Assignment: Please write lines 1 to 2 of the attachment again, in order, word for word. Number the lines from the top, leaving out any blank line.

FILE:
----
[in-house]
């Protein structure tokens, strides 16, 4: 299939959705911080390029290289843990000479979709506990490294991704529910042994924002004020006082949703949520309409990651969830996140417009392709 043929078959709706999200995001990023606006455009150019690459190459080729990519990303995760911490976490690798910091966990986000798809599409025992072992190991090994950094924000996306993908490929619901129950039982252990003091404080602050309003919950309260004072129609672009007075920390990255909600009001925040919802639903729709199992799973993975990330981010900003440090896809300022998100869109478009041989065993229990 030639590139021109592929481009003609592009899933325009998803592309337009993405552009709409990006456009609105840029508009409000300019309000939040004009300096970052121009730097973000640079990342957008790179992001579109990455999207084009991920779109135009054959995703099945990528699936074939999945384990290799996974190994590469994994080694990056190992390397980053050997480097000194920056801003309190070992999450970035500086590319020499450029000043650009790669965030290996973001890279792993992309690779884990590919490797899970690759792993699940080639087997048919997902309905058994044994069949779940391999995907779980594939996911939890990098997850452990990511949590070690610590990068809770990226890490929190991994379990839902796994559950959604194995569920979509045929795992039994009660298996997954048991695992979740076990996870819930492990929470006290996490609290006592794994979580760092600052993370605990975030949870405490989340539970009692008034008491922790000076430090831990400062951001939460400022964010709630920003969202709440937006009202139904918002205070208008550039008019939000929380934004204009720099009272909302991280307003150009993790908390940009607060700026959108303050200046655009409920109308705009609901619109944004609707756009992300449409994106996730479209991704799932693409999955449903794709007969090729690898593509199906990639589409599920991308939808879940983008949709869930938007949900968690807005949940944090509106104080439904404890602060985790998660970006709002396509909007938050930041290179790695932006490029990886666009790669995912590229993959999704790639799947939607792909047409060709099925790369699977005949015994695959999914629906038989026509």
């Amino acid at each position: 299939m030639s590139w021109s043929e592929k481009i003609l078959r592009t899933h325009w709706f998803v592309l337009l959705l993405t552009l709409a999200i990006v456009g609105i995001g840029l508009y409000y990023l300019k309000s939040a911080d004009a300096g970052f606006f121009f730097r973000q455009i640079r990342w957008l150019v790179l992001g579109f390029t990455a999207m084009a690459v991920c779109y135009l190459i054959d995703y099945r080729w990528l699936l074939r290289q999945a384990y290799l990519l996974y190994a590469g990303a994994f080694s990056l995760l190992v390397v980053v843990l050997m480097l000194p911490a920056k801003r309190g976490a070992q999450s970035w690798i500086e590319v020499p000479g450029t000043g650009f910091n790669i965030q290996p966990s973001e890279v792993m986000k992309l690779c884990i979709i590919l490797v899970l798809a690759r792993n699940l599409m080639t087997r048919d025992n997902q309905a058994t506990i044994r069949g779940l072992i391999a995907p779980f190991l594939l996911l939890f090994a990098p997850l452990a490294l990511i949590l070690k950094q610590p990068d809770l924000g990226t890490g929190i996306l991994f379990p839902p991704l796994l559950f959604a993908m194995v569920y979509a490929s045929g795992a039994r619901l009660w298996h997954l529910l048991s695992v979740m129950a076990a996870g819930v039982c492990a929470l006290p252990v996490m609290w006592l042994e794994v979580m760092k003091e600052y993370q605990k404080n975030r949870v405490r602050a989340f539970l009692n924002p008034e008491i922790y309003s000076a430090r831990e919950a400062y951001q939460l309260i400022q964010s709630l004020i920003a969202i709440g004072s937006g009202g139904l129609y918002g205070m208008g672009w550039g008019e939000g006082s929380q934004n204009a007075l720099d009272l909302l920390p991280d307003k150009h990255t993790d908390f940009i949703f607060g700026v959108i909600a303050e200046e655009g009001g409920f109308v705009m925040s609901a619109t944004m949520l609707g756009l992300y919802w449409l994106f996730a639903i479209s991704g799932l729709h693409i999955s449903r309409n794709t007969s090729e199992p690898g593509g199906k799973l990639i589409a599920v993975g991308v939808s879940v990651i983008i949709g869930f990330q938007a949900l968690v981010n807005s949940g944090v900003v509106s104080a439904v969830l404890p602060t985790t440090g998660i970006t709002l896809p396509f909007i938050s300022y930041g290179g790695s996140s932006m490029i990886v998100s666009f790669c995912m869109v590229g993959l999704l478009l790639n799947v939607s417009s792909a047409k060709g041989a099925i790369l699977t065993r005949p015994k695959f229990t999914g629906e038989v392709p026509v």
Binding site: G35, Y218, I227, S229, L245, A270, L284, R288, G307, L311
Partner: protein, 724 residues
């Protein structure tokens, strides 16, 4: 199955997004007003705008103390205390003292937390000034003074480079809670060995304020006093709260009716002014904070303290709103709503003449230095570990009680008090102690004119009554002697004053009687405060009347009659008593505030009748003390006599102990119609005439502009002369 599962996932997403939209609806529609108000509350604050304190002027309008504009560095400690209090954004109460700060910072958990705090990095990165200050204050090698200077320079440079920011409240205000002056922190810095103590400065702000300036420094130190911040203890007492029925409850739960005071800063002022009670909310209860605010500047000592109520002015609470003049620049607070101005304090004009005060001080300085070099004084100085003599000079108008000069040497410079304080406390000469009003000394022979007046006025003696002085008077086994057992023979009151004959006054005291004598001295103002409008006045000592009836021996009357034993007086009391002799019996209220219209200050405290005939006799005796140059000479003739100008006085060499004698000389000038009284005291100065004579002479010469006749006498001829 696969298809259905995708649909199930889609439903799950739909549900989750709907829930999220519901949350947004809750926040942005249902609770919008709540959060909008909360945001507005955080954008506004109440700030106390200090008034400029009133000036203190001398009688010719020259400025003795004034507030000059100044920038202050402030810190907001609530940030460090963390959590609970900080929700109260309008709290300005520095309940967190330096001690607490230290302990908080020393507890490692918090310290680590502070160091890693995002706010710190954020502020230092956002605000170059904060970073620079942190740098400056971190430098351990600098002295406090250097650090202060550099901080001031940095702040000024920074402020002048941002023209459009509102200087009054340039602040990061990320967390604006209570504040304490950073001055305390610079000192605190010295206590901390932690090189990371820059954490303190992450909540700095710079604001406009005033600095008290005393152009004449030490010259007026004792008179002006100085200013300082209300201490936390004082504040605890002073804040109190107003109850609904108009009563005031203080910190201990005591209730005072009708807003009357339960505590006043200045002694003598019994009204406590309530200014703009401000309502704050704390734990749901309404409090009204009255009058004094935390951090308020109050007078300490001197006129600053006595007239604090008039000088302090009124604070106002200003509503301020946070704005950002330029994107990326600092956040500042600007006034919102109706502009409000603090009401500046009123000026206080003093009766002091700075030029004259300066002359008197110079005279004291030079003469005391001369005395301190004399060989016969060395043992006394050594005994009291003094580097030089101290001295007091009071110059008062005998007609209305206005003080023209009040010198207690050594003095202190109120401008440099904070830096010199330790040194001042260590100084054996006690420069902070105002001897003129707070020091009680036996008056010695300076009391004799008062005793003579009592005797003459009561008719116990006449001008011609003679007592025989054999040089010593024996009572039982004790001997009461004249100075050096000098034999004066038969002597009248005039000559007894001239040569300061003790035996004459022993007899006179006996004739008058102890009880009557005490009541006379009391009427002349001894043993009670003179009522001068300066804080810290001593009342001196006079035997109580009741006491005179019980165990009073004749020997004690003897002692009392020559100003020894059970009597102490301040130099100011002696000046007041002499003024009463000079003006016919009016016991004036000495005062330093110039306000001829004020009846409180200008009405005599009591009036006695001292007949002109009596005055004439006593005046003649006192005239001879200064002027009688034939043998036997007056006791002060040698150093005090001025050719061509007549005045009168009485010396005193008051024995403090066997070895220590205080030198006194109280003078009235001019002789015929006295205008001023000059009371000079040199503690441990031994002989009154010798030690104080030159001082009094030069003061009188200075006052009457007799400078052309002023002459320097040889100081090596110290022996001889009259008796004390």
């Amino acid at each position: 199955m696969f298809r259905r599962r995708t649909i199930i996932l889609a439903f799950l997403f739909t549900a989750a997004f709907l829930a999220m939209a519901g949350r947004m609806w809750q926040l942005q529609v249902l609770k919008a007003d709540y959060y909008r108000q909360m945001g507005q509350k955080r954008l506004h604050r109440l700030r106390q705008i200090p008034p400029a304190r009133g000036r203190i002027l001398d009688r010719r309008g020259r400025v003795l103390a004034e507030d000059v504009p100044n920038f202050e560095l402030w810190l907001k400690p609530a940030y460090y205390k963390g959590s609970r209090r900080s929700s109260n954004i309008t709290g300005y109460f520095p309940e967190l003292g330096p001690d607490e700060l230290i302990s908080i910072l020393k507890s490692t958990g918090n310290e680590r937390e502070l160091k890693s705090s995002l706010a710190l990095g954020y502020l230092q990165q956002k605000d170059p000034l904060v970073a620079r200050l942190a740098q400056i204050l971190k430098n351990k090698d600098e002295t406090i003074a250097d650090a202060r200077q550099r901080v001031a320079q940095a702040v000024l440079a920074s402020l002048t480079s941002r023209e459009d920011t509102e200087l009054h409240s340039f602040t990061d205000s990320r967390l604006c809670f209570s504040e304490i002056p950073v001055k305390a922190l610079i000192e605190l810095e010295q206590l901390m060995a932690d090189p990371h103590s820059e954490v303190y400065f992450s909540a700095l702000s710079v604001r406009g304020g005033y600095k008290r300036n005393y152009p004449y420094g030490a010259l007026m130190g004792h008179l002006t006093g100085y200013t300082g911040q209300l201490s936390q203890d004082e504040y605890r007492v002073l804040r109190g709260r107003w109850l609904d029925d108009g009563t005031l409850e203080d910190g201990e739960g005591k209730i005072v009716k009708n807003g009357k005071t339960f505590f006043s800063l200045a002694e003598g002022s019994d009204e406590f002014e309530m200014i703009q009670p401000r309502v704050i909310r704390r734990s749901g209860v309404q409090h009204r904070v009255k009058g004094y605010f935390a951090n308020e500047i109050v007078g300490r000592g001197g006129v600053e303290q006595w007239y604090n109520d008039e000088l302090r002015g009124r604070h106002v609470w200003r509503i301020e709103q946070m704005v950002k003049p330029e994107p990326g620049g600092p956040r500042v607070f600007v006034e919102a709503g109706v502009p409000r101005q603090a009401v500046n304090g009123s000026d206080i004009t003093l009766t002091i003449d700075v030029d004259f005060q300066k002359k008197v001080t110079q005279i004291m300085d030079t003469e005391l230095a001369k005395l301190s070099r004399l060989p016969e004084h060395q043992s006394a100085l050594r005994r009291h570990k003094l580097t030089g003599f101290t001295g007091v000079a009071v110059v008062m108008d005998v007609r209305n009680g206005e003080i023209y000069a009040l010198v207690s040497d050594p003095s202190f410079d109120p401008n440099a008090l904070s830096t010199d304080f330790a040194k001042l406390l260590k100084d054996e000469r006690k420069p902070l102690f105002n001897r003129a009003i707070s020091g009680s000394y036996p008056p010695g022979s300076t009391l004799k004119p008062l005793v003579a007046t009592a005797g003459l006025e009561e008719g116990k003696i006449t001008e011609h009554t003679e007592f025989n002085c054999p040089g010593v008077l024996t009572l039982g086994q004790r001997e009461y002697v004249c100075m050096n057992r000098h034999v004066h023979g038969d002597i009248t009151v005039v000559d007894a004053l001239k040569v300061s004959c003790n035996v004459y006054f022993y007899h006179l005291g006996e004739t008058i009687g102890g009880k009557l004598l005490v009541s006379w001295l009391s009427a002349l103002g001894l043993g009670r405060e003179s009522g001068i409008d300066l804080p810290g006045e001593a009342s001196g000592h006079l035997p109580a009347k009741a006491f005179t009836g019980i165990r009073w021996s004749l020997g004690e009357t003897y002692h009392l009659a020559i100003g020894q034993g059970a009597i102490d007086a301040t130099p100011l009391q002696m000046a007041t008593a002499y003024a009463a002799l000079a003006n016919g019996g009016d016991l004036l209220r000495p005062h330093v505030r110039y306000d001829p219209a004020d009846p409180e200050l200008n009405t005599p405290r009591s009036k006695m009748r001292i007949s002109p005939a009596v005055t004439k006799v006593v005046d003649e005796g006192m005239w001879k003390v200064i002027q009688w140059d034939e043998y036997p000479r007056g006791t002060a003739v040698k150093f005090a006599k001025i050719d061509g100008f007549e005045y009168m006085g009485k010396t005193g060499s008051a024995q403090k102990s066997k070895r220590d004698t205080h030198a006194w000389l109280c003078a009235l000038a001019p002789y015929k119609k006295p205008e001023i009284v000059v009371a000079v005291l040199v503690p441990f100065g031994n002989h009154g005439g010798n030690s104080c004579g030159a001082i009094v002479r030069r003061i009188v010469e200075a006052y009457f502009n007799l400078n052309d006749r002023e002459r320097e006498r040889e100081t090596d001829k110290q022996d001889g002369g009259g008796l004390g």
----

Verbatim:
[in-house]
């Protein structure tokens, strides 16, 4: 299939959705911080390029290289843990000479979709506990490294991704529910042994924002004020006082949703949520309409990651969830996140417009392709 043929078959709706999200995001990023606006455009150019690459190459080729990519990303995760911490976490690798910091966990986000798809599409025992072992190991090994950094924000996306993908490929619901129950039982252990003091404080602050309003919950309260004072129609672009007075920390990255909600009001925040919802639903729709199992799973993975990330981010900003440090896809300022998100869109478009041989065993229990 030639590139021109592929481009003609592009899933325009998803592309337009993405552009709409990006456009609105840029508009409000300019309000939040004009300096970052121009730097973000640079990342957008790179992001579109990455999207084009991920779109135009054959995703099945990528699936074939999945384990290799996974190994590469994994080694990056190992390397980053050997480097000194920056801003309190070992999450970035500086590319020499450029000043650009790669965030290996973001890279792993992309690779884990590919490797899970690759792993699940080639087997048919997902309905058994044994069949779940391999995907779980594939996911939890990098997850452990990511949590070690610590990068809770990226890490929190991994379990839902796994559950959604194995569920979509045929795992039994009660298996997954048991695992979740076990996870819930492990929470006290996490609290006592794994979580760092600052993370605990975030949870405490989340539970009692008034008491922790000076430090831990400062951001939460400022964010709630920003969202709440937006009202139904918002205070208008550039008019939000929380934004204009720099009272909302991280307003150009993790908390940009607060700026959108303050200046655009409920109308705009609901619109944004609707756009992300449409994106996730479209991704799932693409999955449903794709007969090729690898593509199906990639589409599920991308939808879940983008949709869930938007949900968690807005949940944090509106104080439904404890602060985790998660970006709002396509909007938050930041290179790695932006490029990886666009790669995912590229993959999704790639799947939607792909047409060709099925790369699977005949015994695959999914629906038989026509």